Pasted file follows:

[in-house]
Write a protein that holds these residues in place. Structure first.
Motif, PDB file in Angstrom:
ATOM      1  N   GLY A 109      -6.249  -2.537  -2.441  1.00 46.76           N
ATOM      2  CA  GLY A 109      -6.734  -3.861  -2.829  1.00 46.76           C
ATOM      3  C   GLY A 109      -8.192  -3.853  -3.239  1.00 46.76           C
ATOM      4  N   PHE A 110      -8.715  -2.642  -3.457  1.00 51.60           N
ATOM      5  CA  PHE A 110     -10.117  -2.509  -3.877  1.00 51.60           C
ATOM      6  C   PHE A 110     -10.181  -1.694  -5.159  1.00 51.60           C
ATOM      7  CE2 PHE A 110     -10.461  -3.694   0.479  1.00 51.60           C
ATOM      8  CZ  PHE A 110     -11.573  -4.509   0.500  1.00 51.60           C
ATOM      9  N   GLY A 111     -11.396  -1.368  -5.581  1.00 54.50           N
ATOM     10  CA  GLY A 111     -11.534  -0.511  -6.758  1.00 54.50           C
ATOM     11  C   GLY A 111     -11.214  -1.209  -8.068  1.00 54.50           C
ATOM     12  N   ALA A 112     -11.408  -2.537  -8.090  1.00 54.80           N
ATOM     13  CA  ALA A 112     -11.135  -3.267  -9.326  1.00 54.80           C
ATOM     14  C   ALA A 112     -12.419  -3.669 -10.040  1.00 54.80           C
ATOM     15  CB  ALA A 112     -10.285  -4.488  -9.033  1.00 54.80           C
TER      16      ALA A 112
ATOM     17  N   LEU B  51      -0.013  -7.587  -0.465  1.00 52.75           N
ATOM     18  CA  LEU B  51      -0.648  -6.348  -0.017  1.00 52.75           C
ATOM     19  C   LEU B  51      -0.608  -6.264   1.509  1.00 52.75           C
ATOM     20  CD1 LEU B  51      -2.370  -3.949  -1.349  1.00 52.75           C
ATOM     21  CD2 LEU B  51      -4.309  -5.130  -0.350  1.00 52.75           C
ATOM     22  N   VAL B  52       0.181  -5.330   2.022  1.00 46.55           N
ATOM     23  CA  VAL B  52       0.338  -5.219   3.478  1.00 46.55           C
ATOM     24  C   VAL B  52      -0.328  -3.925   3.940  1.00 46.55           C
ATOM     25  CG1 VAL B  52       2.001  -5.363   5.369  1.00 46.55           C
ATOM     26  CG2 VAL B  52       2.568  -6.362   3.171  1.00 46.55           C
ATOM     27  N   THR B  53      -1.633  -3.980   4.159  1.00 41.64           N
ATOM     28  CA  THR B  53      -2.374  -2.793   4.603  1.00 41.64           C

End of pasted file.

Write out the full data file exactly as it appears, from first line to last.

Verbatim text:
[in-house]
Write a protein that holds these residues in place. Structure first.
Motif, PDB file in Angstrom:
ATOM      1  N   GLY A 109      -6.249  -2.537  -2.441  1.00 46.76           N
ATOM      2  CA  GLY A 109      -6.734  -3.861  -2.829  1.00 46.76           C
ATOM      3  C   GLY A 109      -8.192  -3.853  -3.239  1.00 46.76           C
ATOM      4  N   PHE A 110      -8.715  -2.642  -3.457  1.00 51.60           N
ATOM      5  CA  PHE A 110     -10.117  -2.509  -3.877  1.00 51.60           C
ATOM      6  C   PHE A 110     -10.181  -1.694  -5.159  1.00 51.60           C
ATOM      7  CE2 PHE A 110     -10.461  -3.694   0.479  1.00 51.60           C
ATOM      8  CZ  PHE A 110     -11.573  -4.509   0.500  1.00 51.60           C
ATOM      9  N   GLY A 111     -11.396  -1.368  -5.581  1.00 54.50           N
ATOM     10  CA  GLY A 111     -11.534  -0.511  -6.758  1.00 54.50           C
ATOM     11  C   GLY A 111     -11.214  -1.209  -8.068  1.00 54.50           C
ATOM     12  N   ALA A 112     -11.408  -2.537  -8.090  1.00 54.80           N
ATOM     13  CA  ALA A 112     -11.135  -3.267  -9.326  1.00 54.80           C
ATOM     14  C   ALA A 112     -12.419  -3.669 -10.040  1.00 54.80           C
ATOM     15  CB  ALA A 112     -10.285  -4.488  -9.033  1.00 54.80           C
TER      16      ALA A 112
ATOM     17  N   LEU B  51      -0.013  -7.587  -0.465  1.00 52.75           N
ATOM     18  CA  LEU B  51      -0.648  -6.348  -0.017  1.00 52.75           C
ATOM     19  C   LEU B  51      -0.608  -6.264   1.509  1.00 52.75           C
ATOM     20  CD1 LEU B  51      -2.370  -3.949  -1.349  1.00 52.75           C
ATOM     21  CD2 LEU B  51      -4.309  -5.130  -0.350  1.00 52.75           C
ATOM     22  N   VAL B  52       0.181  -5.330   2.022  1.00 46.55           N
ATOM     23  CA  VAL B  52       0.338  -5.219   3.478  1.00 46.55           C
ATOM     24  C   VAL B  52      -0.328  -3.925   3.940  1.00 46.55           C
ATOM     25  CG1 VAL B  52       2.001  -5.363   5.369  1.00 46.55           C
ATOM     26  CG2 VAL B  52       2.568  -6.362   3.171  1.00 46.55           C
ATOM     27  N   THR B  53      -1.633  -3.980   4.159  1.00 41.64           N
ATOM     28  CA  THR B  53      -2.374  -2.793   4.603  1.00 41.64           C